Democrats on the FEC Prove that Big Government Liberals are a Bunch of Squares

Democrats on the FEC Prove that Big Government Liberals are a Bunch of Squares

November 20, 2014

By: Patrick Hedger, Policy Director- American Encore

The 2009 film "Pirate Radio" is one of my favorites. Apart from its killer soundtrack, the film tells the story of a bunch of quirky and lovable characters sick of the British government’s refusal to play rock and roll on the radio in the 1960s. Imagine that! Not playing any rock and roll in 1960s Britain, a time when that country was producing some of the best music and artists of the 20th Century, would be like the government trying to stifle the fossil fuel industry during an oil boom (cough, cough)… but I digress.

The characters take to the high seas and begin broadcasting all the great music of the time from a ship parked in international waters. Of course this rubs the uptight aristo-bureaucrats back in London the very wrong way, and they proceed to do everything in their power, and even outside of it, to shutdown the rock and roll pirates. It’s a back and forth of silly laws and regulations versus first-class nose thumbing from the pirates. Meanwhile, the people of the UK are firmly in the corner of the pirates. The pirates meet the insatiable demand of the people for rock and roll that the government never even attempts to do through the state-owned media outlets.

Believe it or not, the movie is based (loosely) on a true story. In the 1960s, the British government didn’t play any popular music on BBC radio. So pirate radio stations were established, both on and offshore, and the government passed all sorts of laws to try and shut them down. Yet recent remarks by the Republican Chairman of the Federal Election Commission have me thinking that movie now serves as an apt metaphor for the interaction of government and politics under the Obama administration.

Lee Goodman, the mentioned Chairman, has warned that his Democratic colleagues are interested in regulating political speech on the Internet, from blogs, to podcasts, to YouTube videos. “It really is a specter of a government review board culling the Internet daily,” he told Fox News.

While this may sound like a crazy idea, its premise is perfectly in line with the pattern of observed behavior elsewhere in government under Democratic control. The IRS is still taking heat for targeting conservative groups for additional scrutiny in review of their tax-exempt statuses in addition to a number of seemingly politically motivated audits of other groups and individuals. Even in Congress, Senate Democrats have introduced a Constitutional Amendment to literally amend the First Amendment and give Congress (and thus themselves) near limitless power to control election spending.

Now comes word that the FEC wants to regulate who is saying what on the World-Wide-Web. What is going on here? Why the sudden push by liberals, long supposed champions of individual liberty, to gut Free Speech? To answer this question, we have to look at what’s happening on the other side of the coin.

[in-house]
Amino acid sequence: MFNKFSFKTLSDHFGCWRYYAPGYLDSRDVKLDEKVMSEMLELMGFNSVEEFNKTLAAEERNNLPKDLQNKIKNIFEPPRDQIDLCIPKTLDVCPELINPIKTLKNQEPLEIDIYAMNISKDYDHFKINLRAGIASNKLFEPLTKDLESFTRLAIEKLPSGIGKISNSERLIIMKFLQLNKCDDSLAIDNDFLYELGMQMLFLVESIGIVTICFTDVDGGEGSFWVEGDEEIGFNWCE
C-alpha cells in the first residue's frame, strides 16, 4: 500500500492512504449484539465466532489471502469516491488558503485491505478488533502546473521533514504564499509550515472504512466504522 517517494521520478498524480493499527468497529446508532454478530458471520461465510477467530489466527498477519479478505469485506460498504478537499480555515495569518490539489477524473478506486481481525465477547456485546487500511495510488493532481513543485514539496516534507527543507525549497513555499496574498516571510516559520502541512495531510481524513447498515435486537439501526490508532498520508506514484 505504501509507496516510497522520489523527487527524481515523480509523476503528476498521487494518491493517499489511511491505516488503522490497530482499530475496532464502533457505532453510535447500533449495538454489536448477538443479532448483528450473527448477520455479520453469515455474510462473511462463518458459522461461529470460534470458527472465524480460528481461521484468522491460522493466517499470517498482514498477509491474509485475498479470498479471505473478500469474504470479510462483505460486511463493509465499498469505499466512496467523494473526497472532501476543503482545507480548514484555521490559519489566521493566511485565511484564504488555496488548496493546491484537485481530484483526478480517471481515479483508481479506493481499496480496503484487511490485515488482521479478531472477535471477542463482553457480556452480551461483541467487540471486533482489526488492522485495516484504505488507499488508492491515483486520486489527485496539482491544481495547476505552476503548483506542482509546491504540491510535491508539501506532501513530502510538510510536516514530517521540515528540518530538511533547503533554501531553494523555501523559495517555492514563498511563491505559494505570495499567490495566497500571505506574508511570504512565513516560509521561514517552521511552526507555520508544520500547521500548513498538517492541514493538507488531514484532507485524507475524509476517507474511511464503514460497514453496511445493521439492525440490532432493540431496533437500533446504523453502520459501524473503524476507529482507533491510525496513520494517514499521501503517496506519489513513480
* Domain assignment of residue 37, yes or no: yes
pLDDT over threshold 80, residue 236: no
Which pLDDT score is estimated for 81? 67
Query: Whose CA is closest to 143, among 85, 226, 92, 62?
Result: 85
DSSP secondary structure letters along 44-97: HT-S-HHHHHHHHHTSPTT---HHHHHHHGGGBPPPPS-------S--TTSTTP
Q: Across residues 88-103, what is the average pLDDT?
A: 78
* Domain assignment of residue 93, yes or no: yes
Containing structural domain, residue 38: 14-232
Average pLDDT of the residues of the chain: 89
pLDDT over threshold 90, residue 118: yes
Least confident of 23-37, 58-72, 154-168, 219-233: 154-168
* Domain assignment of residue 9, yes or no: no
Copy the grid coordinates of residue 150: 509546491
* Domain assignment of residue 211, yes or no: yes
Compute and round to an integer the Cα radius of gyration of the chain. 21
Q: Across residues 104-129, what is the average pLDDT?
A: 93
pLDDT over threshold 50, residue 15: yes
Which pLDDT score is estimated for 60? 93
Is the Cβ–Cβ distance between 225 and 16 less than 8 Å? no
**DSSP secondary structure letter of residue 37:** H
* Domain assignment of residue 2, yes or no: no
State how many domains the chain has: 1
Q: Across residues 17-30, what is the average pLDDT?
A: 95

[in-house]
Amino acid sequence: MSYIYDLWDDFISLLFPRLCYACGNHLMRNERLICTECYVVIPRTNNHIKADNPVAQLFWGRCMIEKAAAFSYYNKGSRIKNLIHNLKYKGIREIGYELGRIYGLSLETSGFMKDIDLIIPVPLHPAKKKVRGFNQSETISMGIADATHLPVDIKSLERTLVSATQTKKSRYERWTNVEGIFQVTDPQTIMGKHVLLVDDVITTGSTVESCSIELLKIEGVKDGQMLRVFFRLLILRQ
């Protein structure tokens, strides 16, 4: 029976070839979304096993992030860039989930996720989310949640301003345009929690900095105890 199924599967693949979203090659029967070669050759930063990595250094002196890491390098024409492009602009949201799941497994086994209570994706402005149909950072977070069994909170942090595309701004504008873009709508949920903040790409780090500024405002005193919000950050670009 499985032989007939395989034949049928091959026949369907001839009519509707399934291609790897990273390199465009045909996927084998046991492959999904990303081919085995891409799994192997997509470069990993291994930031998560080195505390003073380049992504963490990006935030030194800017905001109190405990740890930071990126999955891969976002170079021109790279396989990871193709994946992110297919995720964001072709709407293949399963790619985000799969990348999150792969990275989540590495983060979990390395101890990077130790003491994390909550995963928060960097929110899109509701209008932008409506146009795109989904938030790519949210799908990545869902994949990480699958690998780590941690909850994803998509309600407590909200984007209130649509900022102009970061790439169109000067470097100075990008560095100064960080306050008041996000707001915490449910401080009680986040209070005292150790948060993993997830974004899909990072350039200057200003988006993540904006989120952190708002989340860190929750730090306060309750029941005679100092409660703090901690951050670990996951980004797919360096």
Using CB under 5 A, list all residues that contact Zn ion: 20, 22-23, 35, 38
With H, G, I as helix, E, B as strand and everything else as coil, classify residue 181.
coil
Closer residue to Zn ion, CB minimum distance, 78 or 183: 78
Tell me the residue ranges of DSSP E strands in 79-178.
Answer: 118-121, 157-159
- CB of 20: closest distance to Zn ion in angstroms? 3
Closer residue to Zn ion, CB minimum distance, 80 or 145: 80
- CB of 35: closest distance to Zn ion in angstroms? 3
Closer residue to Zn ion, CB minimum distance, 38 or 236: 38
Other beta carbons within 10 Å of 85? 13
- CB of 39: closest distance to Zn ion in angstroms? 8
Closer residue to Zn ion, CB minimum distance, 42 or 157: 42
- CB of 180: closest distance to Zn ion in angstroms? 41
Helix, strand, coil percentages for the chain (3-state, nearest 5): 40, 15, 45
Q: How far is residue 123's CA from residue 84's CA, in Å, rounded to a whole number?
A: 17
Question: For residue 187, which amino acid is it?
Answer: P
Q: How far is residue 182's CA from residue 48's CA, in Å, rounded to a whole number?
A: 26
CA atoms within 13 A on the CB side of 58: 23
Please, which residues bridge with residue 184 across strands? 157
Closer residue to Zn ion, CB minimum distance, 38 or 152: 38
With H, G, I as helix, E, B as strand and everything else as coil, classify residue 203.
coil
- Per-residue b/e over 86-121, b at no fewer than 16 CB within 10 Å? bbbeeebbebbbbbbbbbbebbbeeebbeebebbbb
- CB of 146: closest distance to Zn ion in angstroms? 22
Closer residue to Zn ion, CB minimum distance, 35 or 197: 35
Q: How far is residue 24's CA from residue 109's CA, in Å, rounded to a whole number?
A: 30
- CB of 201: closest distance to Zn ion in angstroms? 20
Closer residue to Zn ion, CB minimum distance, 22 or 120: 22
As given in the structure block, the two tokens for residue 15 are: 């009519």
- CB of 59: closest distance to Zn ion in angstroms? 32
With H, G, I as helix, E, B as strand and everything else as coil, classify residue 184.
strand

For years the political establishment in the United States, despite free press protections, could more effectively control the dissemination of information to the masses. People were limited to their local papers, schools, libraries, and a paltry handful of television and radio stations for news and information. It wasn’t easy for the average American to get a real handle on what was going on in Washington with just a few minutes every night with Walter Cronkite or Tom Brokaw. Even today, with all the competition from online sources, the media establishment still fails to deliver relevant information.

A recent study by the Media Research Center, which of course we wouldn’t know about if the Democrats at the FEC, IRS, or in the Senate had their way, found that the big three networks, NBC, ABC, and CBS, virtually didn't cover the 2014 Midterm Elections which were shaping up to be and became a nightmare for Democrats. Between September 1 and October 20, CBS Evening News ran 14 stories, NBC Nightly News 11, and ABC World News an astounding zero. Compared to 2006, a year when Democrats were poised to dominate and did? 68 stories, 55, and 36 respectively.

The difference between those two years, and more years passed, is that information is increasingly on demand. It travels at the speed of light at the moment you request it from millions of different sources and perspectives. The truth can no longer be hidden. History and economics lessons that pull the clothes off the emperor aren’t covered in dust on a back shelf at the library. They are available on Amazon and can be at your door tomorrow morning. Their teachings are on countless different blogs from a vast array of the world’s best critical thinkers. The news? It’s no longer filtered through big corporations that pay for the cameras and typewriters and printing presses. Almost everyone has a camera. Almost everyone has access to a computer and the Internet.

Independent bloggers, organizations, trade groups, and other stakeholders with opinions and access to different facts about important issues all have the ability to broadcast that information to anyone that demands it through blogging, videos, and podcasts. Meanwhile, the traditional media continues to be incapable to, or perhaps unwilling to, meet this demand.

Thus the Internet has become our ship in international waters. Conservatives, independents, and even progressives that challenge the order of things are the pirates, artists, and rock and rollers. Meanwhile, Washington Democrats, in their effort to sink the ship, have proven to be just a bunch of uptight squares that can’t stand all the noise.

I say rock on.

It's Time for an American Encore